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Main Bearing Clearances - Why Not Check?

I am in the process of rebuilding my 3.0 Ltr motor for my RSR clone and am following Wayne's book. I just finished the assembly of the crankshaft and used the plastic gage to measure the rod journal bearing clearances. Everything worked out like expected.

I am now preparing the assembly of the crankshaft into the case and the mating of the case. I am wondering why Wayne does not include a plastic gage check of the main bearing clearances in his assembly process. I have heard that if the crank journals measure to the correct standard size and if the standard size bearings are used, the main journal bearing clearance check is not needed. Why would one measure the rod journal clearances but not the main journal clearances?
Old 05-23-2005, 04:49 PM
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The reason you don't check is because of the following reasons.

You already know that the bearing journals of the crankshaft are within specification, and are free of defects. Micropolishing and magnafluxing the crank is highly recommended

You already know that the bearing saddles in the case are within specification, and did not require machining.

Therefore, with standard bearings, everything should fit perfectly, because the two areas where you could introduce errors have already been eliminated.

By all means, if will put your mind at ease, go ahead and check them. Unfortunately, it is a rather time consiming process.

AFJuvat
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Old 05-23-2005, 08:00 PM
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I am planning to skip the main bearing clearance check for all the reasons you and others have mentioned.
Old 05-24-2005, 01:15 AM
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Tom

1/ Your chances of doing an accurate plastigauge check on the mains is slim to none (in fact a lot of engine builders don't use PG because its fairly unreliable) With modern measuring tools you can get just as accurate measurements

2/ If you want to check your mains put the bearing shells in the case and torque up the thru bolts then measure the shell bore with a bore gauge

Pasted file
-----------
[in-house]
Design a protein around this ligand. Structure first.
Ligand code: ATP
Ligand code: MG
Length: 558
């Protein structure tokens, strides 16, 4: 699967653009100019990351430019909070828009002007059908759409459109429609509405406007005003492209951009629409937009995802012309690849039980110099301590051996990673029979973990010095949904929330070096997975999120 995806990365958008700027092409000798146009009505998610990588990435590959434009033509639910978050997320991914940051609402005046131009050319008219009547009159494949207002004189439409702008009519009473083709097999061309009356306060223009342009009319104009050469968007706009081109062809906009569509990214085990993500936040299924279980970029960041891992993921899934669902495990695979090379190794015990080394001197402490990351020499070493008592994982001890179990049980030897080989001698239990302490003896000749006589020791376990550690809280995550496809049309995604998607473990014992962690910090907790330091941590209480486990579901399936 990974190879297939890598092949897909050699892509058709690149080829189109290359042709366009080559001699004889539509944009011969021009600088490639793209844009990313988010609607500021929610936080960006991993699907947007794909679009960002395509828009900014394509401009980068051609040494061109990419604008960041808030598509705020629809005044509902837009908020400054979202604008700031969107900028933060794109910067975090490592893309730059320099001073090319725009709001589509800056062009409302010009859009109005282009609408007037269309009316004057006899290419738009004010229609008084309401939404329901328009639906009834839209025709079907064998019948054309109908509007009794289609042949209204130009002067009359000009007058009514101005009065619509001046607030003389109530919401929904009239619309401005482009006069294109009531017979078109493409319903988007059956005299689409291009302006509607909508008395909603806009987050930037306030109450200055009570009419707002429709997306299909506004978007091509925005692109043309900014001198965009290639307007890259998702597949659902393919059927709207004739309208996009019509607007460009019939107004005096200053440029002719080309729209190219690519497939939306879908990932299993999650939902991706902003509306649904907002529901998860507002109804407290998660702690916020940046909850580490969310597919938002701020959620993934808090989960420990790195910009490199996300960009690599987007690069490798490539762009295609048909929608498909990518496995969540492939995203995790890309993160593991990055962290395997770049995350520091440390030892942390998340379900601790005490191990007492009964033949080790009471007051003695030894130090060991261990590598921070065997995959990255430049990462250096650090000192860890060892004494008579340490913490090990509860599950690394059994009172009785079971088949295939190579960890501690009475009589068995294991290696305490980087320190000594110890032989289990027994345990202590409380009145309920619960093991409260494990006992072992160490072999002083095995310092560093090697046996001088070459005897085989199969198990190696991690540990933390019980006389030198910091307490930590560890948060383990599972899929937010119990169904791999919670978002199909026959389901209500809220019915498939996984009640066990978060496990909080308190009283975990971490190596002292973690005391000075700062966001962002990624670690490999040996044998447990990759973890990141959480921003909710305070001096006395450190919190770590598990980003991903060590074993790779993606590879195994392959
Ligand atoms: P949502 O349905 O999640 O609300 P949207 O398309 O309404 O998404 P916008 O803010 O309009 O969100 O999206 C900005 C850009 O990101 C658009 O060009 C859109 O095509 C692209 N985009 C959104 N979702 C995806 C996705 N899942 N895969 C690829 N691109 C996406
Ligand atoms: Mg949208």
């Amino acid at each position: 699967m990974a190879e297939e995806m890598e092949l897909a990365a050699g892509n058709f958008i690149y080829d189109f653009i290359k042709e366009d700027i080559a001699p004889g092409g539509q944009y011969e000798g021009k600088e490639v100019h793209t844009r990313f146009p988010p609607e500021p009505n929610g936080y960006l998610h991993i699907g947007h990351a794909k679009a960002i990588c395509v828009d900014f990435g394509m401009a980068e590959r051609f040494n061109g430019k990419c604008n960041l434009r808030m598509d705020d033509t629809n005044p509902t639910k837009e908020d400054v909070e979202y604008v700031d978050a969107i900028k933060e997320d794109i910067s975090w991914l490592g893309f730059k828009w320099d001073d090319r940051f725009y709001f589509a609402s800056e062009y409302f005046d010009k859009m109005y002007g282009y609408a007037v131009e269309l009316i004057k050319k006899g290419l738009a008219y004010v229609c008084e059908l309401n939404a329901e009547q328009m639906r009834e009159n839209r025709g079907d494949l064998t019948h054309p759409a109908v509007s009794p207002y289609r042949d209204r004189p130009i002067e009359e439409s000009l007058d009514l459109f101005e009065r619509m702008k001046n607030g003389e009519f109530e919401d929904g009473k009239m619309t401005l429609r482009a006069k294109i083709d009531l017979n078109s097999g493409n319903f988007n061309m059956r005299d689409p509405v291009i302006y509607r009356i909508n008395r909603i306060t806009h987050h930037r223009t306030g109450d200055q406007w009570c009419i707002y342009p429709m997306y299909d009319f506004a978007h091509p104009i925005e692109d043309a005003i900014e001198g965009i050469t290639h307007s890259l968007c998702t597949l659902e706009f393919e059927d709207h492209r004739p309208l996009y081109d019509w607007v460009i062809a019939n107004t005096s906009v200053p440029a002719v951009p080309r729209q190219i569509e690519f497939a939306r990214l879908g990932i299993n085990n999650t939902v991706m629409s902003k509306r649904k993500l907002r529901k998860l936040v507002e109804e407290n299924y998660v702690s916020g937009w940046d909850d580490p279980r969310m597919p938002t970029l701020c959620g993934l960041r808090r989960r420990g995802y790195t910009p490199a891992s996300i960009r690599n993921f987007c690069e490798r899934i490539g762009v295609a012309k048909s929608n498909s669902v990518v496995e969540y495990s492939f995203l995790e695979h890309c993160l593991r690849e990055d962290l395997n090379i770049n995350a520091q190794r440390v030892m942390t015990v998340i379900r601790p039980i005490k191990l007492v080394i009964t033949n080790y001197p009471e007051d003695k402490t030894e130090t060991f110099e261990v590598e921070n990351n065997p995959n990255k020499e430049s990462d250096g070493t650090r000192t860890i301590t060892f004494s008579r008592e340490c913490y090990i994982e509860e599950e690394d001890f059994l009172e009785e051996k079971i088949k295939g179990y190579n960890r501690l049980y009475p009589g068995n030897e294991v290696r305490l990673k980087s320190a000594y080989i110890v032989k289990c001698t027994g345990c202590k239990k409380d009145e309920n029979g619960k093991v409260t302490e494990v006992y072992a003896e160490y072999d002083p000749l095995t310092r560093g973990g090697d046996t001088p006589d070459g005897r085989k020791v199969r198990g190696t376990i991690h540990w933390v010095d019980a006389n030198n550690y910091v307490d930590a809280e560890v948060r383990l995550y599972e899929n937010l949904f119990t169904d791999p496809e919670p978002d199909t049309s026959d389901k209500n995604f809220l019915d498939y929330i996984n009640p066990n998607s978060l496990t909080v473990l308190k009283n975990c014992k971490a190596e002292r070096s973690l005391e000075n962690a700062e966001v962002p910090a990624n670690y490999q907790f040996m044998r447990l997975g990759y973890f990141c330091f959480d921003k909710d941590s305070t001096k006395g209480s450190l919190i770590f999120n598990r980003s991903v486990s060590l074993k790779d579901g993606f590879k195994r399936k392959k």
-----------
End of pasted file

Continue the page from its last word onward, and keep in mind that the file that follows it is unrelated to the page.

HTH

Neven
Old 05-24-2005, 01:43 AM
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If the bearings are standard and the crank is standard, there shouldn't be any problem (assuming case didn't need boring).

The reason you do it with the rods is because, theoretically, a machinist could resize your rods incorrectly for your bearings/crank and that would not be fun to find out as you rev it past 7k.

Usually case work is not needed on the aluminum cases. But rod work is always highly recommended (or usually mandatory).

Goodluk
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Old 05-24-2005, 03:56 AM
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If you have a bore gauge, checking will take less than an hour. Which is nothing compared to the total time it takes to rebuild the engine. It all comes down to wondering if everything is ok vs. knowing everything is ok. Just because something 'should' do something doesn't mean it will. Just an opinion from a non-gambling man.
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Old 05-24-2005, 08:54 AM
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MHO.
Resizing a connecting rod (big end) is the same as resizing the crankcase saddles (line boring). Both restore the opening to a standard dimension and concentricity. The final dimensions depend on the accuracy of the operator and machine.

That said, one should measure both rod and main bearing oil clearances just to make sure. Whether this is done with Plastigage or with inside/outside mics/bore gauges is up to you, but it should be done so there is no question.

If the incorrect bearing is packaged, will you assume it's correct? One could in most cases, but the drawback can be costly. If plucking bearings out of a crankcase were as easy as changing spark plugs and if there was no chance of engine damage, you'd see more people attempting 911 engine rebuilds. If "good enough" is a skill in rebuilding, everyone would be doing it.

Sherwood
Old 05-24-2005, 02:24 PM
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Just to play it safe I assembled my case and measured the main bores to make sure they hadn't been beat out of shape or made too small by lapping my case halfs.

I was happy to discover they were dead on the minimum of spec.

Since my crank is right in the middle of spec as long as the crank spins freely when the case is assembled I will know all is well.
Old 05-24-2005, 02:35 PM
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